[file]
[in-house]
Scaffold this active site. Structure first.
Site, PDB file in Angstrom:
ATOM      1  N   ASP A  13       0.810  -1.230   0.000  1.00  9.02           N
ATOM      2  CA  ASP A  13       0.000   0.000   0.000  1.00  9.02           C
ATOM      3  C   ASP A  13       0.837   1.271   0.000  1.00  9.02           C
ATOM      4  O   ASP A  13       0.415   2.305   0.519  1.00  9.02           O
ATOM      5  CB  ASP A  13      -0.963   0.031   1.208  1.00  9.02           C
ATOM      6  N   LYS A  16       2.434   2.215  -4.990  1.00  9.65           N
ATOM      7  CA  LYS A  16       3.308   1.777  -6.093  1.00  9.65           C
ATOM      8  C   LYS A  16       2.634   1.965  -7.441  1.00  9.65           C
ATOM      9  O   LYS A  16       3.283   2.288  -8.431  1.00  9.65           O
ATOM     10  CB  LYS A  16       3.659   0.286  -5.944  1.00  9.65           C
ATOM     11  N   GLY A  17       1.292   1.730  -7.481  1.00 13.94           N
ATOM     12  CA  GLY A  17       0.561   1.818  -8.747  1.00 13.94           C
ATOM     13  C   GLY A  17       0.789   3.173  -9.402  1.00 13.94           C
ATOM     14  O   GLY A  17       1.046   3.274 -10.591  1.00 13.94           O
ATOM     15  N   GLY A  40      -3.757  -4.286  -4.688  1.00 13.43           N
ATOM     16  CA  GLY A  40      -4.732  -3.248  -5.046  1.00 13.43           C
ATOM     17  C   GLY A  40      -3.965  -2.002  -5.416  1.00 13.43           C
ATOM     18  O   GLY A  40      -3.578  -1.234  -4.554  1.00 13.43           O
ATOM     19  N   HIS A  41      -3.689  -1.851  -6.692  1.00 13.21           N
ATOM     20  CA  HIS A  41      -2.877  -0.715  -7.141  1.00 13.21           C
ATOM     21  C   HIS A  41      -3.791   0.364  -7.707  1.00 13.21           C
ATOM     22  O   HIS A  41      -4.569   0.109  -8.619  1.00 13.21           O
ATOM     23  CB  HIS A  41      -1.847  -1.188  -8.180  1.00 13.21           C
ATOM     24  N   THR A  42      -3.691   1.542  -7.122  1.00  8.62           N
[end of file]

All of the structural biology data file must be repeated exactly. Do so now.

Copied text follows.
[in-house]
Scaffold this active site. Structure first.
Site, PDB file in Angstrom:
ATOM      1  N   ASP A  13       0.810  -1.230   0.000  1.00  9.02           N
ATOM      2  CA  ASP A  13       0.000   0.000   0.000  1.00  9.02           C
ATOM      3  C   ASP A  13       0.837   1.271   0.000  1.00  9.02           C
ATOM      4  O   ASP A  13       0.415   2.305   0.519  1.00  9.02           O
ATOM      5  CB  ASP A  13      -0.963   0.031   1.208  1.00  9.02           C
ATOM      6  N   LYS A  16       2.434   2.215  -4.990  1.00  9.65           N
ATOM      7  CA  LYS A  16       3.308   1.777  -6.093  1.00  9.65           C
ATOM      8  C   LYS A  16       2.634   1.965  -7.441  1.00  9.65           C
ATOM      9  O   LYS A  16       3.283   2.288  -8.431  1.00  9.65           O
ATOM     10  CB  LYS A  16       3.659   0.286  -5.944  1.00  9.65           C
ATOM     11  N   GLY A  17       1.292   1.730  -7.481  1.00 13.94           N
ATOM     12  CA  GLY A  17       0.561   1.818  -8.747  1.00 13.94           C
ATOM     13  C   GLY A  17       0.789   3.173  -9.402  1.00 13.94           C
ATOM     14  O   GLY A  17       1.046   3.274 -10.591  1.00 13.94           O
ATOM     15  N   GLY A  40      -3.757  -4.286  -4.688  1.00 13.43           N
ATOM     16  CA  GLY A  40      -4.732  -3.248  -5.046  1.00 13.43           C
ATOM     17  C   GLY A  40      -3.965  -2.002  -5.416  1.00 13.43           C
ATOM     18  O   GLY A  40      -3.578  -1.234  -4.554  1.00 13.43           O
ATOM     19  N   HIS A  41      -3.689  -1.851  -6.692  1.00 13.21           N
ATOM     20  CA  HIS A  41      -2.877  -0.715  -7.141  1.00 13.21           C
ATOM     21  C   HIS A  41      -3.791   0.364  -7.707  1.00 13.21           C
ATOM     22  O   HIS A  41      -4.569   0.109  -8.619  1.00 13.21           O
ATOM     23  CB  HIS A  41      -1.847  -1.188  -8.180  1.00 13.21           C
ATOM     24  N   THR A  42      -3.691   1.542  -7.122  1.00  8.62           N